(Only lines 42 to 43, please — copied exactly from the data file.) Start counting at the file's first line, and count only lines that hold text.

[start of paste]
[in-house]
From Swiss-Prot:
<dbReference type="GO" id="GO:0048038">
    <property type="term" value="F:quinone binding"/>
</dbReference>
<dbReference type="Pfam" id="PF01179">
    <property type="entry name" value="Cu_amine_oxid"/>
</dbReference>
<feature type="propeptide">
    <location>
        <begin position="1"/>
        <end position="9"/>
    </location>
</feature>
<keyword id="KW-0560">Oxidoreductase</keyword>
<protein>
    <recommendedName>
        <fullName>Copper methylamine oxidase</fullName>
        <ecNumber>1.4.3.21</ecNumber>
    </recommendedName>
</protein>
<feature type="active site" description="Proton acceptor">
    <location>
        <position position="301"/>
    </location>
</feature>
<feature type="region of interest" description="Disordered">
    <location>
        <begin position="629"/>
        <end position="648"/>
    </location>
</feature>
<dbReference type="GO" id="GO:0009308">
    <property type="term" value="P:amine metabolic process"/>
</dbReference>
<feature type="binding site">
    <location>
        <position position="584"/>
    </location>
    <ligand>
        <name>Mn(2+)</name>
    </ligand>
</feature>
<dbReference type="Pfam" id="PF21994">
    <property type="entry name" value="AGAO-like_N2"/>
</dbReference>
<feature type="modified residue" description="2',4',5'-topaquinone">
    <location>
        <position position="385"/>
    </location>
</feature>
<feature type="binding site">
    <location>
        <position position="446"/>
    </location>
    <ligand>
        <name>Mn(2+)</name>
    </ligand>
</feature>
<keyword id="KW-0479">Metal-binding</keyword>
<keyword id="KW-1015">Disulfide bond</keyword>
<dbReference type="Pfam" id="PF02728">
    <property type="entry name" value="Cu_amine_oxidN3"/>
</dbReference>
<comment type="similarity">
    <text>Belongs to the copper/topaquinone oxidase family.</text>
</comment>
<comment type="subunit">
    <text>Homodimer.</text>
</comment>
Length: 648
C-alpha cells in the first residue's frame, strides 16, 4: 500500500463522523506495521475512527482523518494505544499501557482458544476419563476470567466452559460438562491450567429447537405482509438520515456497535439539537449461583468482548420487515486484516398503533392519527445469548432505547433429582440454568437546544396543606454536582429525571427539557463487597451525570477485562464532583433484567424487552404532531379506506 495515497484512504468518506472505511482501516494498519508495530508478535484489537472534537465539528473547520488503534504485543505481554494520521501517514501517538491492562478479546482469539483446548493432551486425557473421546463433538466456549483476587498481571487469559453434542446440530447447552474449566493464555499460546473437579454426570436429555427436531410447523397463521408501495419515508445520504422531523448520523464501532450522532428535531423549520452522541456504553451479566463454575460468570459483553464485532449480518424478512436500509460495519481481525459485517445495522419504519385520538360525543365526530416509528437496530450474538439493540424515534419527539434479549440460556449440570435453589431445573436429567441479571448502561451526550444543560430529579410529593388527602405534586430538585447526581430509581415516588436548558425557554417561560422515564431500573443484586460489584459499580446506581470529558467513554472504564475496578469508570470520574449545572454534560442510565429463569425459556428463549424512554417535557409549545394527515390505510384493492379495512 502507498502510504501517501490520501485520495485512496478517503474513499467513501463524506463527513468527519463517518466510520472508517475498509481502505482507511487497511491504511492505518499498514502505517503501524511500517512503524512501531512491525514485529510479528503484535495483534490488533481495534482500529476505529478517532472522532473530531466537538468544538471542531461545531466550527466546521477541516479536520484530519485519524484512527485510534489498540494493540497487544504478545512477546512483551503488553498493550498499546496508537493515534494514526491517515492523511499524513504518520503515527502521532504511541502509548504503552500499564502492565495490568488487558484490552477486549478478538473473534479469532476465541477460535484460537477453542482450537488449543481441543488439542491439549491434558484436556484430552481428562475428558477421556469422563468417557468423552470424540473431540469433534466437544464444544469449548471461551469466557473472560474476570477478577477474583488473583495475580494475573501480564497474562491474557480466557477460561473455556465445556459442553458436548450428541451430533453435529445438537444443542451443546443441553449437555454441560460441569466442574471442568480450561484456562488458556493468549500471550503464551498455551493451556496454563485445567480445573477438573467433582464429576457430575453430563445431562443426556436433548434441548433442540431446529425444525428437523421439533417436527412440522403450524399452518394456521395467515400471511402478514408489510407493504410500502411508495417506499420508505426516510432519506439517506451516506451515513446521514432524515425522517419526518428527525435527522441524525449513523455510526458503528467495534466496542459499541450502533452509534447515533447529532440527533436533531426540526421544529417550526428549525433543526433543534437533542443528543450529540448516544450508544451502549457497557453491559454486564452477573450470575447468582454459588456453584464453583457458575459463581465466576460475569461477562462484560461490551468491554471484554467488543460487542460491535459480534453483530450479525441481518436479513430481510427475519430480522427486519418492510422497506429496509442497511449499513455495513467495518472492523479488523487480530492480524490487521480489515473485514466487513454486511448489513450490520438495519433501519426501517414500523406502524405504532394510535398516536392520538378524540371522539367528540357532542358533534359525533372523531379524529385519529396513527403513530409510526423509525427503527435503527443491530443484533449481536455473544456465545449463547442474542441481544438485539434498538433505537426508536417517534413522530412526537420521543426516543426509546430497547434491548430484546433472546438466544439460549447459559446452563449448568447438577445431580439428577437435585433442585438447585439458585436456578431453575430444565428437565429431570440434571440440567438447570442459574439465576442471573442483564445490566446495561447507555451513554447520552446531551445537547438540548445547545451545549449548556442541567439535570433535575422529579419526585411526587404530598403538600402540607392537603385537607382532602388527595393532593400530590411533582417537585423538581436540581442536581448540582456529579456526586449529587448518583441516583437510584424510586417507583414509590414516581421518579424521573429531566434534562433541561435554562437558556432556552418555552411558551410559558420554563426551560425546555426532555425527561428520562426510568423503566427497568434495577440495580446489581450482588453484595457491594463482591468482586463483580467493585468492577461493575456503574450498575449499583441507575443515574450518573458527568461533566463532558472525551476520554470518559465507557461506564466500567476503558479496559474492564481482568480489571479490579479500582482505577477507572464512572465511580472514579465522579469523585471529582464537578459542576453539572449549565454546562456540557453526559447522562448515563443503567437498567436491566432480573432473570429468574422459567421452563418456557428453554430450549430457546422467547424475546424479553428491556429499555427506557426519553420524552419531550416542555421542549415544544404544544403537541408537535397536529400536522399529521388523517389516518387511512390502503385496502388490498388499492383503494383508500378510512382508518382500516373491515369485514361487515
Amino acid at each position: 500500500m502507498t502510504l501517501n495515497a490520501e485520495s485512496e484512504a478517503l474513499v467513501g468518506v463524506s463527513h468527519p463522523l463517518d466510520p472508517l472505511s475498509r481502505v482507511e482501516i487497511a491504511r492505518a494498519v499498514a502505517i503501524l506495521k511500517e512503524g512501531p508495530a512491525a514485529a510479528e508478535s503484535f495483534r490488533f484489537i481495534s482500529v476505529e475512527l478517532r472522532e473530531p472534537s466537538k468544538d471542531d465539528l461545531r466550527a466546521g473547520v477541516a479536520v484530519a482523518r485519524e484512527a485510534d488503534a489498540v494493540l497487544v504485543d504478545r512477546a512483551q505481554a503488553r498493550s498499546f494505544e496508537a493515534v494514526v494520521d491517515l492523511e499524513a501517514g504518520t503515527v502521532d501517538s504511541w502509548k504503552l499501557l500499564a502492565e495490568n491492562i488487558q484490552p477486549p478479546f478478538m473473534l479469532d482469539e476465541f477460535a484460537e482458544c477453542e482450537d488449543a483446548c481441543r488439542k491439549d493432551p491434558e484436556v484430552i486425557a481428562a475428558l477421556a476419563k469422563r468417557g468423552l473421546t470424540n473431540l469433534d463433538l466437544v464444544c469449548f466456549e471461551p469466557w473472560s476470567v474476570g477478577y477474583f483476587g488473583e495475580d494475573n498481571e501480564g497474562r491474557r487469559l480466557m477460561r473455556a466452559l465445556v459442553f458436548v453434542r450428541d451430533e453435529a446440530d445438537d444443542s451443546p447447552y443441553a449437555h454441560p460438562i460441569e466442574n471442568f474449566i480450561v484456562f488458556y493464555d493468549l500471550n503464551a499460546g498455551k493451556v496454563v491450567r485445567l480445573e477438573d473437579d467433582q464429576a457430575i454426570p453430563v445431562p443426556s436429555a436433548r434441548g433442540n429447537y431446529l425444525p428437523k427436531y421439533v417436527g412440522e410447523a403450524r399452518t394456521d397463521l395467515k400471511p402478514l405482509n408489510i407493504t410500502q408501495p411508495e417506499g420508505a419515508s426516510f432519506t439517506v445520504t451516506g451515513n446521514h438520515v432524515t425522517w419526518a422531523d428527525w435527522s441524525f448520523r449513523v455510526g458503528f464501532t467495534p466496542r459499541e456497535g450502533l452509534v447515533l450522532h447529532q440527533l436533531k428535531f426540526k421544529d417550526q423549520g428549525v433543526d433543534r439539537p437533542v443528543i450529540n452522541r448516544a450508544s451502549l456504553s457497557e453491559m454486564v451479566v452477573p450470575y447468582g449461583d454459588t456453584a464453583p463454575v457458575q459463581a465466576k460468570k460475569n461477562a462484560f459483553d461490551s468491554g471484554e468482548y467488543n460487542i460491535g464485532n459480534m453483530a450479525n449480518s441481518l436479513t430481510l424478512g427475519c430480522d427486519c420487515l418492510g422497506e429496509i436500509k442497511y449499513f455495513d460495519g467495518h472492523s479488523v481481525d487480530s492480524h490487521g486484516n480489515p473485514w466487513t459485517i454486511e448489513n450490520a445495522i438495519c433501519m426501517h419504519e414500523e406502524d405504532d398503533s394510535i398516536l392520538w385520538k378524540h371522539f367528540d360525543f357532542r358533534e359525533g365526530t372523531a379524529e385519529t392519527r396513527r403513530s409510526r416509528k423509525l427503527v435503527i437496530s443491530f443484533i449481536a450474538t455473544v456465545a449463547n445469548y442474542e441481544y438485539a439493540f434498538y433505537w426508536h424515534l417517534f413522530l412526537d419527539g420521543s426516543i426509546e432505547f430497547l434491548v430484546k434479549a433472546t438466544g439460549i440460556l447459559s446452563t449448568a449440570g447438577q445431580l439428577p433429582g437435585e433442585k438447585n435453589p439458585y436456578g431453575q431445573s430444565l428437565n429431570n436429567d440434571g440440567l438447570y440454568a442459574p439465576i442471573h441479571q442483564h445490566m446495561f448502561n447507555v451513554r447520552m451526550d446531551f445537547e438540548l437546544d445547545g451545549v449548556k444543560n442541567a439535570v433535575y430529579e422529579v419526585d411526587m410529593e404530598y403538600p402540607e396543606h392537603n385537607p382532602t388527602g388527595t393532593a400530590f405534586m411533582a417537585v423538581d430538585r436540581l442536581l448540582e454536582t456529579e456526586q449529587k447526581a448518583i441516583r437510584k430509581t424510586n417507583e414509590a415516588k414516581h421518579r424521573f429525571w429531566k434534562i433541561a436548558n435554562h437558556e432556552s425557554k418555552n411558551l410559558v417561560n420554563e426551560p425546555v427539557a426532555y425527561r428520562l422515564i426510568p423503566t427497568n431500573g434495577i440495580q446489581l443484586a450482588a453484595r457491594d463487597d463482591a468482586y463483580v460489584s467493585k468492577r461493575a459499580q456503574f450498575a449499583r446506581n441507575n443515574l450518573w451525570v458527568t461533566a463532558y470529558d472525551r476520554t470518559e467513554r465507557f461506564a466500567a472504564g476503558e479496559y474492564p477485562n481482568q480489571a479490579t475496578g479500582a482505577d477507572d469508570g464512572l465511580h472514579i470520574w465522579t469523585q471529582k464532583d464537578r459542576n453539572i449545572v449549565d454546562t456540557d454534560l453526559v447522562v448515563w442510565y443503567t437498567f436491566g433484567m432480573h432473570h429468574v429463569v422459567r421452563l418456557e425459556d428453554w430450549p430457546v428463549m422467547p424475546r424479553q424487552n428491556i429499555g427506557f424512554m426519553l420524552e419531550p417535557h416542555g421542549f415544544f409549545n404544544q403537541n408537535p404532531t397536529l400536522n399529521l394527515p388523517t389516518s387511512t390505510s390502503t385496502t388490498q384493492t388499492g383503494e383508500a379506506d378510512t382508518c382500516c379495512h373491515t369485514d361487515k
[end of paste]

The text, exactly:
    </ligand>
</feature>